And this is exactly what happened to two young girls from Kerala – Ladeeda Sakhaloon and Aysha Reena who are studying in Delhi and participated in the anti-CAA protests. When the pictures of them protecting their male friends from the menacing lathis and standing up to the might of the police went viral, they were hailed as “Sheroes” by the ever over- enthusiastic media, only to climb down in a few days when their now deleted social media profiles revealed their radical faces! I am quite certain that in a country like India, this episode would shadow them where ever they go.

At the risk of sounding extremely conservative, the point I am trying to drive at is – if you are a college student from poor or middle class, just focus on activities that will enhance your employability. That would mean studies and probably other creative pursuits. I know of bright students who got distracted by campus politics and ruined their lives. And for once no one should think that I am saying all this keeping the current CAA/NRC student protests in mind. I held the same view during the Chennai Jalli kattu protests as well.

Its’ good to be politically aware and have an opinion as a student. But taking it to street every time for a political cause sounds romantic. And that’s about it.  Unless you are a wannabe Kanhaiya Kumar who wants to be a career politician. Which makes sense.

CAE of CAB/CAA!!

In the last one week, what was known as CAB (Citizenship Amendment Bill) got passed in both the houses of the parliament and became CAA (Citizenship Amendment Act) when the President put his stamp on it. However, as we have been seeing in the last few days, the CAE (Cause and Effect) of this has been different in different parts of the country and among different sections of the society.

In Delhi and in states like West Bengal, Kerala and even parts of Uttar Pradesh, the opposition to the Act stems from the point that the act is discriminating against Muslims. This was what was being echoed by the opposition in parliament and by and large by liberals in the media. The narrative here is that the Act goes against the “Idea of India” as enshrined in the constitution which is “Secular” in not singling out a religion on any ground.  On this pretext, as expected there is a large resentment among Muslims and of course among political parties who depend upon their votes and among liberals. So we see huge street protests in Delhi, Kolkata and in Kerala. As I write this, the protests have gone violent and turning into a mob fury!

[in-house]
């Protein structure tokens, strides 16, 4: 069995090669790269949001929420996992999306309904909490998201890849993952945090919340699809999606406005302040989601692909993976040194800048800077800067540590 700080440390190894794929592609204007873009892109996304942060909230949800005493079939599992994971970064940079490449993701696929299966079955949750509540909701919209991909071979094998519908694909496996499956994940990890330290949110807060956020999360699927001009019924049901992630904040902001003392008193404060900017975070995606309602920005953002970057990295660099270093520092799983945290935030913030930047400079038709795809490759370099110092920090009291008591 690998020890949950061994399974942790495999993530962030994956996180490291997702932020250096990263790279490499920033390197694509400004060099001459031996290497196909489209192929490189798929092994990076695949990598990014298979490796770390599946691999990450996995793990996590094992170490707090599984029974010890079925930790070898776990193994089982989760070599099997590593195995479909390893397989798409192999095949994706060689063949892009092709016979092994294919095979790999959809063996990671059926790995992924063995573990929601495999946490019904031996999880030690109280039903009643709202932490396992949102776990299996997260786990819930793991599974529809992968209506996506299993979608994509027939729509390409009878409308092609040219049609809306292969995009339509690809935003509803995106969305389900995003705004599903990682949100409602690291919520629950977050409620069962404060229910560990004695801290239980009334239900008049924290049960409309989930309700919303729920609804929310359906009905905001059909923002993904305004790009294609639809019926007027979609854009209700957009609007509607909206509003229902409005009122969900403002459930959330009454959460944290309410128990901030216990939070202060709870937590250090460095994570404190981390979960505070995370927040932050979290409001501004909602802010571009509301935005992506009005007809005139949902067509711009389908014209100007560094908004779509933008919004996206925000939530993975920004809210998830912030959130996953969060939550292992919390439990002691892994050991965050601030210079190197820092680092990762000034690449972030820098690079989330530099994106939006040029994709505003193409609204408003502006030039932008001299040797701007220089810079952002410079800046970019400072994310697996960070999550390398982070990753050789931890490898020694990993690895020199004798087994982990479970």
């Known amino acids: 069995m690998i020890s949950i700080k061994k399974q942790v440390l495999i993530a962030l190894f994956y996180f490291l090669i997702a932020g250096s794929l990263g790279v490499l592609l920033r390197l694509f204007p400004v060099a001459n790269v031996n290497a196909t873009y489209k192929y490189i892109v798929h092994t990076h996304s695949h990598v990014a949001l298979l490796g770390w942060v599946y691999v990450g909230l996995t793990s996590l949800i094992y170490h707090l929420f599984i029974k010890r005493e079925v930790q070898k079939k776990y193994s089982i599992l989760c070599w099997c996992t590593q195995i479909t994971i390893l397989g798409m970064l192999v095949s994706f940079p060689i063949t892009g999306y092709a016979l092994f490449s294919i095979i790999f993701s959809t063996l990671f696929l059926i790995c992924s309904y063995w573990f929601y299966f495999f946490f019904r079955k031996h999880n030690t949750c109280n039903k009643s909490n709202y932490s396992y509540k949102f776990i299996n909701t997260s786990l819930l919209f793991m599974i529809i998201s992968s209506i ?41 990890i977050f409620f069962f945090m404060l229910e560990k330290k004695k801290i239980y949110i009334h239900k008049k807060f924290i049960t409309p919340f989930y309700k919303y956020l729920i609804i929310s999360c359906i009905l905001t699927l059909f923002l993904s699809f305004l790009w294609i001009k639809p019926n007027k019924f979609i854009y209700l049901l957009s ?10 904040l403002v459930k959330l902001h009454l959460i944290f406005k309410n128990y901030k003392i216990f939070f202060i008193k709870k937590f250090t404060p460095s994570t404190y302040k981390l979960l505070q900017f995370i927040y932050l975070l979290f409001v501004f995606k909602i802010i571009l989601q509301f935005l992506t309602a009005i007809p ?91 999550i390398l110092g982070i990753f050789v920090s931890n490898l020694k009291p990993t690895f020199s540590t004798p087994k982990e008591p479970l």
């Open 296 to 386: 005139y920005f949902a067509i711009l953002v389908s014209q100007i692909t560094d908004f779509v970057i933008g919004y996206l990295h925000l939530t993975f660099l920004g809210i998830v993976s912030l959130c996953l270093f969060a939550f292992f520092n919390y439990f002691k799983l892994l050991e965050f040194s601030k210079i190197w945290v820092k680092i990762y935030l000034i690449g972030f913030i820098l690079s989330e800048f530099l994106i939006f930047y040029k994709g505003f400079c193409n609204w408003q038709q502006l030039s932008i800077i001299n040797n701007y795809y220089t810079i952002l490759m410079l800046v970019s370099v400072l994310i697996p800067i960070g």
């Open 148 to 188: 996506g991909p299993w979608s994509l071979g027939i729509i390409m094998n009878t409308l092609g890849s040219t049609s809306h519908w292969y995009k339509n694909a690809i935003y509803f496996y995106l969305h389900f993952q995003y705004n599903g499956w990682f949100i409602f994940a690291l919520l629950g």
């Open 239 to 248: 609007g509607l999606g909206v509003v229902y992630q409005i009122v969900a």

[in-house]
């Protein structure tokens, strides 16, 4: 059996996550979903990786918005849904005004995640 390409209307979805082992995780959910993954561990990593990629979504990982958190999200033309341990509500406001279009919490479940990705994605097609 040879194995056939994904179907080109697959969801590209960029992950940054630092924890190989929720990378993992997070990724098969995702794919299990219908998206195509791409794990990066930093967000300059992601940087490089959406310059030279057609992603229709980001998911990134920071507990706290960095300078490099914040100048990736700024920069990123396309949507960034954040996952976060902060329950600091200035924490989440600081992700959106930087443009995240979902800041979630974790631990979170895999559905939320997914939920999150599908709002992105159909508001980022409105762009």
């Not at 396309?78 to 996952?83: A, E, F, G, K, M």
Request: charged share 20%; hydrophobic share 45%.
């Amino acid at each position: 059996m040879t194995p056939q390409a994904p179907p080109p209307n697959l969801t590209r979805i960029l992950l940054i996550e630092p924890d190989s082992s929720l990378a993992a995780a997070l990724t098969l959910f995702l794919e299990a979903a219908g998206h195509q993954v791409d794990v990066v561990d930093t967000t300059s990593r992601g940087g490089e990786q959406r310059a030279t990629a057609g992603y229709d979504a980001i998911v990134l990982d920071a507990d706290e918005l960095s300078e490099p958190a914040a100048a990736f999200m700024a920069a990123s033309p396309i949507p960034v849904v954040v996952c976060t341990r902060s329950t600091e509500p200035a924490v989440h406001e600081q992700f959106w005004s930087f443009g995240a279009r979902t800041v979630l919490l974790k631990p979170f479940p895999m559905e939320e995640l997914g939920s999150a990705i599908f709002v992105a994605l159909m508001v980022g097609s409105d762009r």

In some states like Tamil Nadu for example, the disapproval to the Act is because, it has only included persecuted minorities from three countries namely Pakistan, Bangladesh and Afghanistan while leaving out Tamils from Sri Lanka who are minorities there. The opposition on this count is less intense and is mostly restricted to TV debates, newspaper columns and not much on the streets.

The third category is how the Act has been seen in the North Eastern states like Assam and Tripura. Here, the reaction has been more virulent with fire spreading on the streets with little signs of slowing down. And the cause for the same is completely different from what it is in say, West Bengal. The fundamental issue is that people here see this Act as going against the spirit of Assam accord by opening up the states to foreign illegal refugees of all religions. The opposition here is more about protecting regional identity and space and less about Nationalistic considerations.

And then there are other parts of the country where the reaction is muted and thereby letting one to deduce that the people are neutral on the Act.

In Engineering and Quality Management, “Cause and Effect Analysis” is an oft repeated technique to look at all possible causes for a particular effect. This technique was pioneered by Kaoru Ishikawa, a Japanese professor who later came to be renowned as a Quality Guru. The corner stone of this technique is to brainstorm with as many relevant people as possible and list up all possible causes (Man/Material/Method…) that could lead to a Quality problem.

In the case of CAB/CAA, at the outset it could be argued that probably the Act was required to correct a historical festering issue. However, from the kind of reactions which have emerged, it is clear that the government has not thought through the ramifications of the Act in different parts of the country. Hence I would conjecture that the government has not done a proper “Cause and Effect” analysis on the issue by involving a cross section of domain experts to list up what could be the reactions to the Bill.  It is extremely surprising that on a crucial move like this, perhaps in the interest of confidentiality, the government did not discuss the bill and its implications enough before bringing it to the parliament.